One thing that most trying to get published writer's hate with a passion is writing a query letter. It is a wretched process because you basically have to condense 70 to 95k words into about one to two paragraphs and hope you sound like yourself and not some demented Alfred Hitchcock introduction. Or maybe that would work? Hmmm...
Anyway, my darling husband suggested that I try getting my bounty hunter book looked at again. And me being a lover of all things torture I agreed. I looked up examples of query letters and began to panic. (Please see "How to Write the Perfect Query Letter" on Writer's Digest.) I have no writing degree, have never been published and could not survive at times if it was not for the spell check. Every agent wants a small bio. Do I say I am a stay at home mom? Shall I list my past jobs as Executive Assistant and Oncology Massage Therapist? Do I mention that I have entered numerous writing contest and have been rejected by every single one without any feelings of despair? Do I get cheeky and claim I work for Xavier Inc (our son), but manage to get a chapter done during nap times? Who am I to the literary world? Who does the literary world want me to be? Who am I at all? How do I make sure this complete stranger feels the love I have for what I have written? I want them to be enthralled and moved by my dystopian suspense/romance as much as I have been. I don't want to put it in a drawer and let it rot.
Writing a query letter brings up every flaw and passive aggressive horror about oneself. They are not easy. You may write a story and adore it, but then you need to explain it in as few lines as possible. Agents are busy people. They get bombarded all day long by people just like me hoping to be the next Neil Gaiman or Margaret Atwood, oh I should be so lucky. Why can't I write something as succinct as the creator of Breaking Bad did in regards to his plot? "What would happen if Mr. Chips turned into Scarface?" There it all is. In one question no less. You already know you are in for a serious ride. I refuse to hide my envy here, that is pure brilliance.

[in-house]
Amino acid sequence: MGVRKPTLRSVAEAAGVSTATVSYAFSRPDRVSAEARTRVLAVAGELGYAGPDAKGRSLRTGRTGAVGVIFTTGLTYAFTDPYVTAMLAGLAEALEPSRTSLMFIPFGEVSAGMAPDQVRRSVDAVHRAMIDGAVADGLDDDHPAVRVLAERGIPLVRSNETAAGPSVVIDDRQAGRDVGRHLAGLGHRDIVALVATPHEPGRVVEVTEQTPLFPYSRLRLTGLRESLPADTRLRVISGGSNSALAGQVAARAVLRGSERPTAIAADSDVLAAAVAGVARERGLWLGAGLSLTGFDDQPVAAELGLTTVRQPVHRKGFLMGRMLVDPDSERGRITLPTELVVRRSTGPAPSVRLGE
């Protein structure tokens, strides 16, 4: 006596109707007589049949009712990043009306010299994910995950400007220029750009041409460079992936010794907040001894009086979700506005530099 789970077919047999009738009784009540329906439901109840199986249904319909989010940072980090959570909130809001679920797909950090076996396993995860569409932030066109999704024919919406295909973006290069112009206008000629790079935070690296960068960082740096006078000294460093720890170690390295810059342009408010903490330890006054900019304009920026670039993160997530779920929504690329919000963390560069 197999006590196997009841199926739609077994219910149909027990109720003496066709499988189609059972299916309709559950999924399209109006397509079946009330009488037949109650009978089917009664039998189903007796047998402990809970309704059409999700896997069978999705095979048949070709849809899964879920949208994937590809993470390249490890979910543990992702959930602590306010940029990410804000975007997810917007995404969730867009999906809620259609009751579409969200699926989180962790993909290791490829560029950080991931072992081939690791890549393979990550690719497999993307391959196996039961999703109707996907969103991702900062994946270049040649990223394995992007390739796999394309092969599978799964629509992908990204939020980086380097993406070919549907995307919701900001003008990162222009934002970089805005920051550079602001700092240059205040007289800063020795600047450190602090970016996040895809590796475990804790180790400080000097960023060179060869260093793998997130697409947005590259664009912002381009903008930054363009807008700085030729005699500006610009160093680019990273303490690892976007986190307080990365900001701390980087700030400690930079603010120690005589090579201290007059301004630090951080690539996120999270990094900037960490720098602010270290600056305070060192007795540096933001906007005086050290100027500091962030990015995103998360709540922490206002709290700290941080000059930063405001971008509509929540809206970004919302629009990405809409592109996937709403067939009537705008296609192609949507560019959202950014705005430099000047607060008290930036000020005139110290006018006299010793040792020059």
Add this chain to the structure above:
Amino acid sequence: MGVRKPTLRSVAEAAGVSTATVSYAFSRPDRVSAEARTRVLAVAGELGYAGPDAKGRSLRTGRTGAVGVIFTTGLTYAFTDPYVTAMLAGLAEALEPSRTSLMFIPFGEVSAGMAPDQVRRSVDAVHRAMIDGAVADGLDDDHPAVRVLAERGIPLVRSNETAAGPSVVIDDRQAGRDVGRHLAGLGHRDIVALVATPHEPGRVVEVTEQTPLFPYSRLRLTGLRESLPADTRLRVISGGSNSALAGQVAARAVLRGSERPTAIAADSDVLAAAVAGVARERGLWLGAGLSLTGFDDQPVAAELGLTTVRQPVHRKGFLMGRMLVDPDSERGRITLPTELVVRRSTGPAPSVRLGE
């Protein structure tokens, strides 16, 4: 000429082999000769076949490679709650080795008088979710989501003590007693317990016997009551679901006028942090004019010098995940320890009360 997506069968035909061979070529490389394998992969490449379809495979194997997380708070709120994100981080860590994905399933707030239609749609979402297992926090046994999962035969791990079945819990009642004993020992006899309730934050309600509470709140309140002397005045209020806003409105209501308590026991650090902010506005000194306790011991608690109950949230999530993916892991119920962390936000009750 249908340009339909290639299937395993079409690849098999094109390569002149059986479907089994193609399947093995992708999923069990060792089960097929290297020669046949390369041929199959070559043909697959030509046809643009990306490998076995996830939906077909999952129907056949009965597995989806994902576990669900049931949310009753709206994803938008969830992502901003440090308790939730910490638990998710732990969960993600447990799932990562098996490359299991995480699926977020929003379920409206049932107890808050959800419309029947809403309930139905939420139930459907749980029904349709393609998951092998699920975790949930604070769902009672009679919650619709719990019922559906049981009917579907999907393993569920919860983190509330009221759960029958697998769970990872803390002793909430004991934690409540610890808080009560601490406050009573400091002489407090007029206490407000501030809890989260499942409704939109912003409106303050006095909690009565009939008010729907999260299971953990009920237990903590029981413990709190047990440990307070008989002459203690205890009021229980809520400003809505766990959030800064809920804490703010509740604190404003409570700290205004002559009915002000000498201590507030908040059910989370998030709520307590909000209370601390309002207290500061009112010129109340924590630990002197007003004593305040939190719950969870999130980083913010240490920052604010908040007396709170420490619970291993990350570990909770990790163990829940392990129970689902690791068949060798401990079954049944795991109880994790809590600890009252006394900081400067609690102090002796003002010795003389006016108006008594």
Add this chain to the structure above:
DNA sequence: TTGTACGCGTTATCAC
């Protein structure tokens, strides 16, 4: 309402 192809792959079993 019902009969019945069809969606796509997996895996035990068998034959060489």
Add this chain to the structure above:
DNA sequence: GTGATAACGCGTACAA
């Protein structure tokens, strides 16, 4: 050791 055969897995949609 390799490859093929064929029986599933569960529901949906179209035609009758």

For starters I have sent a first draft of a query to my husband and I am sure I will be working on that a dozen more times. I feel like an ass saying that my third novel would be easier to query, but I have not written that letter yet. Or maybe I should. Maybe it would help. Maybe I can write it and pitch the novel before it is even finished. Then I can get back to reworking the bounty hunter query letter. Or by then, I would not have to because they would buy it since my other book is selling well. Oh yeah, dream big lady!!
Nerves are an incredible thing. And I need ones made of the strongest steel I can find.